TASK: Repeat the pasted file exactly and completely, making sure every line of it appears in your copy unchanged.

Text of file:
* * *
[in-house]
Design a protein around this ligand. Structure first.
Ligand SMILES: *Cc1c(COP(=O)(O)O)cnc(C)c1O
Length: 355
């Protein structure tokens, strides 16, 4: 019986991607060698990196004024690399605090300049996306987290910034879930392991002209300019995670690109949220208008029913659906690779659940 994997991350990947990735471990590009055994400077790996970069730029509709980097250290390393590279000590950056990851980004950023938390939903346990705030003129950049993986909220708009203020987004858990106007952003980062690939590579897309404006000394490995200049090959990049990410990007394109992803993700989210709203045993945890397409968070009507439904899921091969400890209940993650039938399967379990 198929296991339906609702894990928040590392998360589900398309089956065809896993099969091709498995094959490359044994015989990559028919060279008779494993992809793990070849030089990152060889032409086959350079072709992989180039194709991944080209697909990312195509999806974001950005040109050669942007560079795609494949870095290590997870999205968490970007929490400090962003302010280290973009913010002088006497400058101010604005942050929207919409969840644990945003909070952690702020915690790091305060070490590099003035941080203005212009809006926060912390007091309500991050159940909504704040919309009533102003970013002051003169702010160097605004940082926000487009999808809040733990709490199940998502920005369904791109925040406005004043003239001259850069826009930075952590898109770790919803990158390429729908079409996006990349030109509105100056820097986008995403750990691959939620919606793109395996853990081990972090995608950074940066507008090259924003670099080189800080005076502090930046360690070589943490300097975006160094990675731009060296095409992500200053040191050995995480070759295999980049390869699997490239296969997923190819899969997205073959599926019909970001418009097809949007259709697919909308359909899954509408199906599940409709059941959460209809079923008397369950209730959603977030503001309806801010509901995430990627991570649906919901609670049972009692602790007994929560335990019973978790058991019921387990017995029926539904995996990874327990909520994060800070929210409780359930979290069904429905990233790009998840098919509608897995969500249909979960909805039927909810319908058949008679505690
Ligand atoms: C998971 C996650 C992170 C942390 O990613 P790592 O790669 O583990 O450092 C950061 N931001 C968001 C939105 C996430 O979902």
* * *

[in-house]
Design a protein around this ligand. Structure first.
Ligand SMILES: *Cc1c(COP(=O)(O)O)cnc(C)c1O
Length: 355
């Protein structure tokens, strides 16, 4: 019986991607060698990196004024690399605090300049996306987290910034879930392991002209300019995670690109949220208008029913659906690779659940 994997991350990947990735471990590009055994400077790996970069730029509709980097250290390393590279000590950056990851980004950023938390939903346990705030003129950049993986909220708009203020987004858990106007952003980062690939590579897309404006000394490995200049090959990049990410990007394109992803993700989210709203045993945890397409968070009507439904899921091969400890209940993650039938399967379990 198929296991339906609702894990928040590392998360589900398309089956065809896993099969091709498995094959490359044994015989990559028919060279008779494993992809793990070849030089990152060889032409086959350079072709992989180039194709991944080209697909990312195509999806974001950005040109050669942007560079795609494949870095290590997870999205968490970007929490400090962003302010280290973009913010002088006497400058101010604005942050929207919409969840644990945003909070952690702020915690790091305060070490590099003035941080203005212009809006926060912390007091309500991050159940909504704040919309009533102003970013002051003169702010160097605004940082926000487009999808809040733990709490199940998502920005369904791109925040406005004043003239001259850069826009930075952590898109770790919803990158390429729908079409996006990349030109509105100056820097986008995403750990691959939620919606793109395996853990081990972090995608950074940066507008090259924003670099080189800080005076502090930046360690070589943490300097975006160094990675731009060296095409992500200053040191050995995480070759295999980049390869699997490239296969997923190819899969997205073959599926019909970001418009097809949007259709697919909308359909899954509408199906599940409709059941959460209809079923008397369950209730959603977030503001309806801010509901995430990627991570649906919901609670049972009692602790007994929560335990019973978790058991019921387990017995029926539904995996990874327990909520994060800070929210409780359930979290069904429905990233790009998840098919509608897995969500249909979960909805039927909810319908058949008679505690
Ligand atoms: C998971 C996650 C992170 C942390 O990613 P790592 O790669 O583990 O450092 C950061 N931001 C968001 C939105 C996430 O979902």